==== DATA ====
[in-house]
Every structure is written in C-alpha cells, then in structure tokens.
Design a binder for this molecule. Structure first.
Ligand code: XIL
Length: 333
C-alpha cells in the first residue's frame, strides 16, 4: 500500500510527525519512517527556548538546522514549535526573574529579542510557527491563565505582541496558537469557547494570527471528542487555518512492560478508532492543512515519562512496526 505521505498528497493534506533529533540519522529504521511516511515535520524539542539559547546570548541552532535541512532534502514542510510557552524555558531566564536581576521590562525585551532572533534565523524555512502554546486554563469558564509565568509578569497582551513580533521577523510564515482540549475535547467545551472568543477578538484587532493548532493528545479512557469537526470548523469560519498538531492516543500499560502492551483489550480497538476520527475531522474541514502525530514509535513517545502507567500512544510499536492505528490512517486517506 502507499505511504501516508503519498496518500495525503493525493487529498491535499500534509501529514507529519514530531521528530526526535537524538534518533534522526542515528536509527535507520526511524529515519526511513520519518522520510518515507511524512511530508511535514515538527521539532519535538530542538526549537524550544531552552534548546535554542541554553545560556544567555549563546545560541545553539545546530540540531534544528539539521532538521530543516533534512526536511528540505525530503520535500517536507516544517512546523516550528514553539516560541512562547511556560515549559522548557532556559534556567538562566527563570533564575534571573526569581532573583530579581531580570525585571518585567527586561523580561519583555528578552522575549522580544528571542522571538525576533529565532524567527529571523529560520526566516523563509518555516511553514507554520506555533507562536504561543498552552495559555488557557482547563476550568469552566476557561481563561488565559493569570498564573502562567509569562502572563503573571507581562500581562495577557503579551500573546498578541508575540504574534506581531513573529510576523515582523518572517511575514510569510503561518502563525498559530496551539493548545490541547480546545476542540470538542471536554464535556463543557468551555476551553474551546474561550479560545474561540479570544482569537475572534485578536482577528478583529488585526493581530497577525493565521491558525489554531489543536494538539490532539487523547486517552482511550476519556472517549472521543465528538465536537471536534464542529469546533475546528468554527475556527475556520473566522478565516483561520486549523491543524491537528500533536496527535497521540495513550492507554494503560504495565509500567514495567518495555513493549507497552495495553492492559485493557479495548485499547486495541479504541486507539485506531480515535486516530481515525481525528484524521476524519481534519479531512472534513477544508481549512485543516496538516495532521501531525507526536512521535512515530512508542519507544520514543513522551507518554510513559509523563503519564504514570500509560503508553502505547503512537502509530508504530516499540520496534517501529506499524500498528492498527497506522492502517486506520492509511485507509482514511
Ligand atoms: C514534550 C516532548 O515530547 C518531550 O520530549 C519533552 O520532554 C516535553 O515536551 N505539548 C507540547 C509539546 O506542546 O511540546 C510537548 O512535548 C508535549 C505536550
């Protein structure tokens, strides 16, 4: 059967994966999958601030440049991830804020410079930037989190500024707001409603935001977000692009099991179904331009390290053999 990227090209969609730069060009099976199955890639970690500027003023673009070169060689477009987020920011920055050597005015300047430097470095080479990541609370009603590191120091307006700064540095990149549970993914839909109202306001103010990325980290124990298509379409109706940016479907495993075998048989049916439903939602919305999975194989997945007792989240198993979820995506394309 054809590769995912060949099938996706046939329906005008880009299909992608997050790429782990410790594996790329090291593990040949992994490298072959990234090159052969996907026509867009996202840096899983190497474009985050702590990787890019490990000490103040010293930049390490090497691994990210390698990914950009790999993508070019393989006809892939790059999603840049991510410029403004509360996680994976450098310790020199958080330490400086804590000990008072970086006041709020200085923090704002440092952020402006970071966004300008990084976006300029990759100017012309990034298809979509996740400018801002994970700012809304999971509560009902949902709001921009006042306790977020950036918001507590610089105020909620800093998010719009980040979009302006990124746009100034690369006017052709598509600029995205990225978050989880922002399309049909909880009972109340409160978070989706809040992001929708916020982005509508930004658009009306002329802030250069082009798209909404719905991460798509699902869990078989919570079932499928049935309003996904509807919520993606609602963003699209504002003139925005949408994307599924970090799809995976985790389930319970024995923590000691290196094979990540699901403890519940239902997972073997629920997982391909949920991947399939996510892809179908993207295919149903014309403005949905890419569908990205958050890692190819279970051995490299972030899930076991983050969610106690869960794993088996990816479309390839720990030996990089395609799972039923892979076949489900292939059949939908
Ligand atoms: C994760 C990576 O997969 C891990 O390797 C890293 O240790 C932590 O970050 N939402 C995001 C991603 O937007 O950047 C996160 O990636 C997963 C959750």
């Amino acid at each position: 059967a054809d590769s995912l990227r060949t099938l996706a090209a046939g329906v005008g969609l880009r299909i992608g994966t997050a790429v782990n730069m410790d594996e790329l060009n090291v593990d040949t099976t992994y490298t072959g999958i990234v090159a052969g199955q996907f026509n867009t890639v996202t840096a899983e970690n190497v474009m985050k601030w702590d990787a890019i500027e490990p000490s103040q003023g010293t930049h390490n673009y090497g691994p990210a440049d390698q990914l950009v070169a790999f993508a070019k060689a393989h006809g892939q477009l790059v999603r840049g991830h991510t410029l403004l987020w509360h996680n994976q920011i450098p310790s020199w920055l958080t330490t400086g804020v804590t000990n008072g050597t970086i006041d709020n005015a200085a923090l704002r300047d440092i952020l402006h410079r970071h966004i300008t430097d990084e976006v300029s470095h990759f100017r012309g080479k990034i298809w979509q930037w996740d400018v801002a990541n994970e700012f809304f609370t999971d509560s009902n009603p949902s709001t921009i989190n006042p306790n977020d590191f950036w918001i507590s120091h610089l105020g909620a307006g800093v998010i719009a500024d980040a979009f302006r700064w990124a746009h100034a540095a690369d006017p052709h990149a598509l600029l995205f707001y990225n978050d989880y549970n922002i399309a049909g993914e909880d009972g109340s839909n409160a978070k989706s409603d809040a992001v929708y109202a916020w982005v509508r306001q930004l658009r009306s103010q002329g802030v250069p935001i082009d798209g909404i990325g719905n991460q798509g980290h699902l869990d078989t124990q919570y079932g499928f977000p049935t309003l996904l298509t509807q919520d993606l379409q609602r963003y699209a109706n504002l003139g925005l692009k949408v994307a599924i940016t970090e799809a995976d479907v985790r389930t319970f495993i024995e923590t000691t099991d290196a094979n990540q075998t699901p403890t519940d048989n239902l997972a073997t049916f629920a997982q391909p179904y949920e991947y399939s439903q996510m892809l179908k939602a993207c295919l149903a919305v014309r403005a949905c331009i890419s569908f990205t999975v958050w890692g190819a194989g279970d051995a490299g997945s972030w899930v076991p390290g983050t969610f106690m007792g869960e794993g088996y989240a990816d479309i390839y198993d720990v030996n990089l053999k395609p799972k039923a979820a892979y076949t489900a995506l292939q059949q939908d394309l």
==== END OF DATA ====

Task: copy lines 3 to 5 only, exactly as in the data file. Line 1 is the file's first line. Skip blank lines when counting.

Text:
Design a binder for this molecule. Structure first.
Ligand code: XIL
Length: 333